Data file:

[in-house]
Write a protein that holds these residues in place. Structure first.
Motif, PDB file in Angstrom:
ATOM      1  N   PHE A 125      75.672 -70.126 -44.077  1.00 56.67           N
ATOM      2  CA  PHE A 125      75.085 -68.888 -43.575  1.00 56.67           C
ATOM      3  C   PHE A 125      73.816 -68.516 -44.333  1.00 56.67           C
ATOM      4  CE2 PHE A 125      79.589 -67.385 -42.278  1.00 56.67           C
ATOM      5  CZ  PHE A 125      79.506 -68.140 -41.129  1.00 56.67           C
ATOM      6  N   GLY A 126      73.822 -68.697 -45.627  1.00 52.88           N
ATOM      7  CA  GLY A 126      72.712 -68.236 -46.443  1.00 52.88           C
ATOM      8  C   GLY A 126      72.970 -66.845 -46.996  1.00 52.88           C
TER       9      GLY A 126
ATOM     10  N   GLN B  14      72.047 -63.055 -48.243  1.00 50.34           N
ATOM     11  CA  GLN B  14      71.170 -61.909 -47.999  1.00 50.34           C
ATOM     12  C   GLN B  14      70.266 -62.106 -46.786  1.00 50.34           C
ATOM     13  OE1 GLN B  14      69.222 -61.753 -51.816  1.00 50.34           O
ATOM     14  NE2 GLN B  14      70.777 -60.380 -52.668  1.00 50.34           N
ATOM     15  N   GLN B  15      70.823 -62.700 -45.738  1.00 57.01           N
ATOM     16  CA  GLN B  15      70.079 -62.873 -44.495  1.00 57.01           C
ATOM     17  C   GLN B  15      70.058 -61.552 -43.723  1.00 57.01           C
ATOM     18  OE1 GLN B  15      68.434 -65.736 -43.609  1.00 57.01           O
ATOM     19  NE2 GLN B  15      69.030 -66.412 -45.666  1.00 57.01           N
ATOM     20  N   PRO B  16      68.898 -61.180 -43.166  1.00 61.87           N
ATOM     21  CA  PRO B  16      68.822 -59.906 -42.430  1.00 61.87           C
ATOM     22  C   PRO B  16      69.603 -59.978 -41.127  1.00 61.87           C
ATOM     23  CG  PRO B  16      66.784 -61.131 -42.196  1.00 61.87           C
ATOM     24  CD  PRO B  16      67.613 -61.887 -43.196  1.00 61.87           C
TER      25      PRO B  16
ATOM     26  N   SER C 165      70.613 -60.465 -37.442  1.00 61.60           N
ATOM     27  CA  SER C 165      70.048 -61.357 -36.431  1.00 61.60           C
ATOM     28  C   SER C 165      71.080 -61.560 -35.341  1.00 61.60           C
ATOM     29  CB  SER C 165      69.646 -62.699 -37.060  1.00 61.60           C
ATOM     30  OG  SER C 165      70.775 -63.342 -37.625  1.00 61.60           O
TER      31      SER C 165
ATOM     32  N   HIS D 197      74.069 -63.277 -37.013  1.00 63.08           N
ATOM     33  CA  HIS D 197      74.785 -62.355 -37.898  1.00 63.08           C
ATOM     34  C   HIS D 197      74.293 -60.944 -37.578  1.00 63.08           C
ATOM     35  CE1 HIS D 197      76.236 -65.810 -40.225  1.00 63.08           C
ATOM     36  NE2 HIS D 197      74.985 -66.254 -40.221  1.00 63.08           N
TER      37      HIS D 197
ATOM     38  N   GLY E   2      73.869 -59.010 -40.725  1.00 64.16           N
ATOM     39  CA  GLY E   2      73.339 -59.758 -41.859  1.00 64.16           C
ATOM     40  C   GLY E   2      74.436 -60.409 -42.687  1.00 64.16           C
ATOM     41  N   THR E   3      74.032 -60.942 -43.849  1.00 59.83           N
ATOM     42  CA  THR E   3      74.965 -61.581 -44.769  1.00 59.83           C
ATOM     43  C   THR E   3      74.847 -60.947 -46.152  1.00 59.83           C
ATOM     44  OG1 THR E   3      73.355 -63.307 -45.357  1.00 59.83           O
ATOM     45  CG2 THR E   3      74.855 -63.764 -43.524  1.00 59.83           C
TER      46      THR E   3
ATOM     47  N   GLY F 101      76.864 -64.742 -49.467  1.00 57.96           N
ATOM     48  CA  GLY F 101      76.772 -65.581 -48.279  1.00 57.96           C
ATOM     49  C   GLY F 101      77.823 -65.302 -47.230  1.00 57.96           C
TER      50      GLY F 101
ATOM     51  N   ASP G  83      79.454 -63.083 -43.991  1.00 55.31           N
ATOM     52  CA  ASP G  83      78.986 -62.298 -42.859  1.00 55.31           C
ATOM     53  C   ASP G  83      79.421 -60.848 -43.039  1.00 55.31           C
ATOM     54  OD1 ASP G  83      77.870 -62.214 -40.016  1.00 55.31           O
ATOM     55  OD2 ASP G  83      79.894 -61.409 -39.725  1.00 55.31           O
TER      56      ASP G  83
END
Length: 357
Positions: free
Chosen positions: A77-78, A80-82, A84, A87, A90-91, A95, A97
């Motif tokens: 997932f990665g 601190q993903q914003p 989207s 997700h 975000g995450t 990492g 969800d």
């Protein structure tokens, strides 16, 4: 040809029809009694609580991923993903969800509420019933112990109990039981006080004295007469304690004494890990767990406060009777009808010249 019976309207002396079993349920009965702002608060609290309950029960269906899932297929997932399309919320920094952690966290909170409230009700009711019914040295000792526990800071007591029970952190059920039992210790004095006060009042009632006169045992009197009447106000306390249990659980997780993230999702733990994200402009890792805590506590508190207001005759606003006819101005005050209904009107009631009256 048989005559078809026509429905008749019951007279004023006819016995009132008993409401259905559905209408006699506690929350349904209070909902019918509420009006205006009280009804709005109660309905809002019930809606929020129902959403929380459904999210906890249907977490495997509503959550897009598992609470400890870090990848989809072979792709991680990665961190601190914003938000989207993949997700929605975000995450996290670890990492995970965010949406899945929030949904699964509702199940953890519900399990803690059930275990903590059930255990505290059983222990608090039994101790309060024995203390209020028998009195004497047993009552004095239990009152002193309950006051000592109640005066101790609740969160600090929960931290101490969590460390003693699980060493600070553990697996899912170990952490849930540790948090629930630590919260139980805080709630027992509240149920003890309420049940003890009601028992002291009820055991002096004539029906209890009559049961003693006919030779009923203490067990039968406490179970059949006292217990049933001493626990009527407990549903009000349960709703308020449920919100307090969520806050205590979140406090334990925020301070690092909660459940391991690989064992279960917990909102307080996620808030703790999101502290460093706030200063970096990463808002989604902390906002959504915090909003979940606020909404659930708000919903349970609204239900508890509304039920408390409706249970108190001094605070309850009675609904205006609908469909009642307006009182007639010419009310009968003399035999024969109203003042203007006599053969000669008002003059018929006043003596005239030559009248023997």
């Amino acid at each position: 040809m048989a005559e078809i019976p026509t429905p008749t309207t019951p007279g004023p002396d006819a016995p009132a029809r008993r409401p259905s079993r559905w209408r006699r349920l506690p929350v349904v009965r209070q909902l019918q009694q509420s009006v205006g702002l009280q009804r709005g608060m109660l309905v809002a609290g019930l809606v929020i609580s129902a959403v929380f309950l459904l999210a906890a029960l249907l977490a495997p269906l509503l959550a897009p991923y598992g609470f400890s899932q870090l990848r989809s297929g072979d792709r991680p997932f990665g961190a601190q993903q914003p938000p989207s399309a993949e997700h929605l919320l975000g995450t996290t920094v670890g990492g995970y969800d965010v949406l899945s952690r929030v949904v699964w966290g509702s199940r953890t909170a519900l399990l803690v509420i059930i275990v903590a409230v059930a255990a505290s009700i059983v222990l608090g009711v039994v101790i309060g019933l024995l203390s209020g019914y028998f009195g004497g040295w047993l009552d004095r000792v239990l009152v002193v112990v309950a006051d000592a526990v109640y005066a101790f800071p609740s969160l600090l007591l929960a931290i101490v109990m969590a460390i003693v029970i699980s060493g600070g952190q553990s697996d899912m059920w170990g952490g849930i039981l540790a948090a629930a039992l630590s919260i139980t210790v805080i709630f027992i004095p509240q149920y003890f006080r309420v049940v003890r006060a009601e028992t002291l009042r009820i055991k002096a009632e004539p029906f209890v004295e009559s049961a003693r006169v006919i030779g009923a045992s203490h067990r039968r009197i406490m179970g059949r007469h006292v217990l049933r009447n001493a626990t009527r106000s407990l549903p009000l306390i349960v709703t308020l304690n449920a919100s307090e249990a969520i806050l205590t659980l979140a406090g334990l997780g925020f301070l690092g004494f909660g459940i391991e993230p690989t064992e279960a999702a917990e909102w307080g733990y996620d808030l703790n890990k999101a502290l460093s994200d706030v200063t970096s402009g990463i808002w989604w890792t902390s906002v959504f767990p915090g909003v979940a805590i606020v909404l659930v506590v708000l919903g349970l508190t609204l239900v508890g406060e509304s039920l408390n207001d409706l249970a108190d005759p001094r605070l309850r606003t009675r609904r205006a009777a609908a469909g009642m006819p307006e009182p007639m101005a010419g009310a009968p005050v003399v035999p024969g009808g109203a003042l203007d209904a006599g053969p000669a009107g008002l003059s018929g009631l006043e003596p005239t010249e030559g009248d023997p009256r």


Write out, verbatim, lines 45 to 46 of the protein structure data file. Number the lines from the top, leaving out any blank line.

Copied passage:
ATOM     42  CA  THR E   3      74.965 -61.581 -44.769  1.00 59.83           C
ATOM     43  C   THR E   3      74.847 -60.947 -46.152  1.00 59.83           C